Te Aukorimiha, Te Auripomiha o te Reo/ The Social and Political Development of the Maori Language

Victoria University of Wellington

Course Description

  • Course Name

    Te Aukorimiha, Te Auripomiha o te Reo/ The Social and Political Development of the Maori Language

  • Host University

    Victoria University of Wellington

  • Location

    Wellington, New Zealand

  • Area of Study

    Indigenous Studies, Maori, Pacific Studies

  • Language Level

    Taught In English

  • Prerequisites

    40 pts from MAOR 100-199, including 20 pts from MAOR 101, 102, 111, 112

  • Course Level Recommendations


    ISA offers course level recommendations in an effort to facilitate the determination of course levels by credential evaluators.We advice each institution to have their own credentials evaluator make the final decision regrading course levels.

    Hours & Credits

  • Credit Points

  • Recommended U.S. Semester Credits
  • Recommended U.S. Quarter Units
  • Overview

    The course includes socio-linguistic, educational and psychological theories related to language revitalisation, planning, policy and management. MAOR 222 will also examine Maori language revitalisation initiatives and the impact those initiatives have made on the social and political development of the language, with a comparative analysis of indigenous language revitalisation movements.

    Learning Objectives
    Students who pass this course will be able to:
    1 describe the principal elements of the pre-history of the M?ori language and have a general understanding of the kind of evidence used in language reconstruction
    2 understand the general influences and processes contributing to language shift, maintenance and loss, and understand how these are manifested in the development of M?ori language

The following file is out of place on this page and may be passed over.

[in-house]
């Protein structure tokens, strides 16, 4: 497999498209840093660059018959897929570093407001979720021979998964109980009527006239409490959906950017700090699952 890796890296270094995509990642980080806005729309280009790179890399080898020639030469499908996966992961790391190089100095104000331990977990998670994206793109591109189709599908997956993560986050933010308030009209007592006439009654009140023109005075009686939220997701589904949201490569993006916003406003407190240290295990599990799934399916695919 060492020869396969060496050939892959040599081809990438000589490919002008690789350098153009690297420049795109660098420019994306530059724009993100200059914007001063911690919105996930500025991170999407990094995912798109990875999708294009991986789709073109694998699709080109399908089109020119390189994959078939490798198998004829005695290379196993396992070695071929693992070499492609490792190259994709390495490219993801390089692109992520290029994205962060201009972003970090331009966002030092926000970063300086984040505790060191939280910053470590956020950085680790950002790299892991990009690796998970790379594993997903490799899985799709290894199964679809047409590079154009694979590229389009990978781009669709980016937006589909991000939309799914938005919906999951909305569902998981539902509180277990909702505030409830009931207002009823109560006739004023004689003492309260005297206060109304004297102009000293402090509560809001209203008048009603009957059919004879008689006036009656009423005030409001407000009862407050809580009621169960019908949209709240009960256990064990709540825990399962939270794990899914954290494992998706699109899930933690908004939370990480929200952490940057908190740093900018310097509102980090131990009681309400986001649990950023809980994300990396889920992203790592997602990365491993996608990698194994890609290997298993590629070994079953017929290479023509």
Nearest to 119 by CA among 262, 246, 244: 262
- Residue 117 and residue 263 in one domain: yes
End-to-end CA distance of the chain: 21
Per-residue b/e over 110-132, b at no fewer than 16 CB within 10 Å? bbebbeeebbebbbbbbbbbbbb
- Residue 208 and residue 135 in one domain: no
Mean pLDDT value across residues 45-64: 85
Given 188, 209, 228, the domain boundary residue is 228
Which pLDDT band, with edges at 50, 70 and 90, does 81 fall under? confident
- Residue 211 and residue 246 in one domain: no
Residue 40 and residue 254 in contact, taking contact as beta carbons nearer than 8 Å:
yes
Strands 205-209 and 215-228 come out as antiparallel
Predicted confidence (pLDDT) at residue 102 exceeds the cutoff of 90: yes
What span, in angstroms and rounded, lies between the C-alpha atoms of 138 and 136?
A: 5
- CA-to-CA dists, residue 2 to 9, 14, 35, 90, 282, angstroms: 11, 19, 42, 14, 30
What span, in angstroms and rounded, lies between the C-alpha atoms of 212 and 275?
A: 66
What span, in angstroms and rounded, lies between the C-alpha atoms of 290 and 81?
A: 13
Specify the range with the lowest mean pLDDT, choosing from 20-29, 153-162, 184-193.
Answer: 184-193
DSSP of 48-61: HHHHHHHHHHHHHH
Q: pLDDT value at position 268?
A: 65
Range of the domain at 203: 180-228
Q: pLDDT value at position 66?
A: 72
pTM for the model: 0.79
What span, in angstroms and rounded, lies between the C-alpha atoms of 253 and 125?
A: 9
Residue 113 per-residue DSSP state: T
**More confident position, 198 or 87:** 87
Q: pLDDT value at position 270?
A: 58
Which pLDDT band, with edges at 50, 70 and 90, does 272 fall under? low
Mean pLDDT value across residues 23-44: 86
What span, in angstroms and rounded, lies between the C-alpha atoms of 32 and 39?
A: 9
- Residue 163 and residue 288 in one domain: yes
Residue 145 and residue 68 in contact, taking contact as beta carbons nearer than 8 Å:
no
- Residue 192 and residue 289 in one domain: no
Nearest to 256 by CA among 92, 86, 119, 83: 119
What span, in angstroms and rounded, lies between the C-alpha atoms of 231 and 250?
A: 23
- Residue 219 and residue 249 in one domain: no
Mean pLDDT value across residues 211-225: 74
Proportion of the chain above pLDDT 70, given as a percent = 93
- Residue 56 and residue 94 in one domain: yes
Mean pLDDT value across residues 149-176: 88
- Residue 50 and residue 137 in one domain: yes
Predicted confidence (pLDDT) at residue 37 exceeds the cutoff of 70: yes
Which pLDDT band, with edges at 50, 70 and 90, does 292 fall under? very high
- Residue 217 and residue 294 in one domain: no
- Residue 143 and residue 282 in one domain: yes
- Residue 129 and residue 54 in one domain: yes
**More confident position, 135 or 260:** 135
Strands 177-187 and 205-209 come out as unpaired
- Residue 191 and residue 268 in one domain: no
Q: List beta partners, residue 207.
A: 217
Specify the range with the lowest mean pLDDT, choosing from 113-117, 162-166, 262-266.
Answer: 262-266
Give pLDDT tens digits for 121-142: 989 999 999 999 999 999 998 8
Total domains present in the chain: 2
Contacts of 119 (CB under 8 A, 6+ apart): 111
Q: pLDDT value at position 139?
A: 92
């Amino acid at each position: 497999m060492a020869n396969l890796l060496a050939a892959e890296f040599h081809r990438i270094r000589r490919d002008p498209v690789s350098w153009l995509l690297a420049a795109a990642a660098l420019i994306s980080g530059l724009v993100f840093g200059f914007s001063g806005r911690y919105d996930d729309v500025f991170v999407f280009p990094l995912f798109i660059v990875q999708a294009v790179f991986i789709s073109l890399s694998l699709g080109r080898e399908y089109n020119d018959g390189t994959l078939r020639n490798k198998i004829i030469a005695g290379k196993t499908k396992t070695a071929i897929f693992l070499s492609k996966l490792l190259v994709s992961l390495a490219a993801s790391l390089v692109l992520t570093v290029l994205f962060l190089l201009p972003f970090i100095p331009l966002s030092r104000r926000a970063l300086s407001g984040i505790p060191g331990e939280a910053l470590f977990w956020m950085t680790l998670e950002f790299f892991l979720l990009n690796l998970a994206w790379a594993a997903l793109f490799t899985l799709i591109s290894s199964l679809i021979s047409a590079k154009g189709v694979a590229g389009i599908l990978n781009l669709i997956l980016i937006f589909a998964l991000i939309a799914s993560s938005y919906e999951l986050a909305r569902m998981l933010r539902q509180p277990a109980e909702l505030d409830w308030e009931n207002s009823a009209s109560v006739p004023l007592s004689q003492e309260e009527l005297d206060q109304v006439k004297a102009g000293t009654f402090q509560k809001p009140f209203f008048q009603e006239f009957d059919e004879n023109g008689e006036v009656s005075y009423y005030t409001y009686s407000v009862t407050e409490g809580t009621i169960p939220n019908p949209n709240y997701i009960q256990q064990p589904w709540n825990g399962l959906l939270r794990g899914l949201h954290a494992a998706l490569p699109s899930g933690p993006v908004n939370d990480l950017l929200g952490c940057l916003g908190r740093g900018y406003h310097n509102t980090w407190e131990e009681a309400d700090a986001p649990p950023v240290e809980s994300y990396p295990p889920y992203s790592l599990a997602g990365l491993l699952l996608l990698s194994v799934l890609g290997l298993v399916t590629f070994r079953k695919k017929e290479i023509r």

3 describe and evaluate significant M?ori and government activities in M?ori language revitalisation
    4 read with understanding scholarly works on language shift in other parts of the world, and relate the information there to the situation in New Zealand
    5 understand the importance and key components of Language Planning and Policy, and
    6 provide knowledgeable input into wider community debate on issues
    pertaining to the maintenance of the M?ori language and its future place in New Zealand.

    In-class test 1- 10%
    Essay 1- 25%
    Group Presentation- 255
    Essay 2- 30%
    In-class test 2- 10%

Course Disclaimer

Courses and course hours of instruction are subject to change.

Eligibility for courses may be subject to a placement exam and/or pre-requisites.

Some courses may require additional fees.

Credits earned vary according to the policies of the students' home institutions. According to ISA policy and possible visa requirements, students must maintain full-time enrollment status, as determined by their home institutions, for the duration of the program.

Please reference fall and spring course lists as not all courses are taught during both semesters.

Availability of courses is based on enrollment numbers. All students should seek pre-approval for alternate courses in the event of last minute class cancellations

Please note that some courses with locals have recommended prerequisite courses. It is the student's responsibility to consult any recommended prerequisites prior to enrolling in their course.


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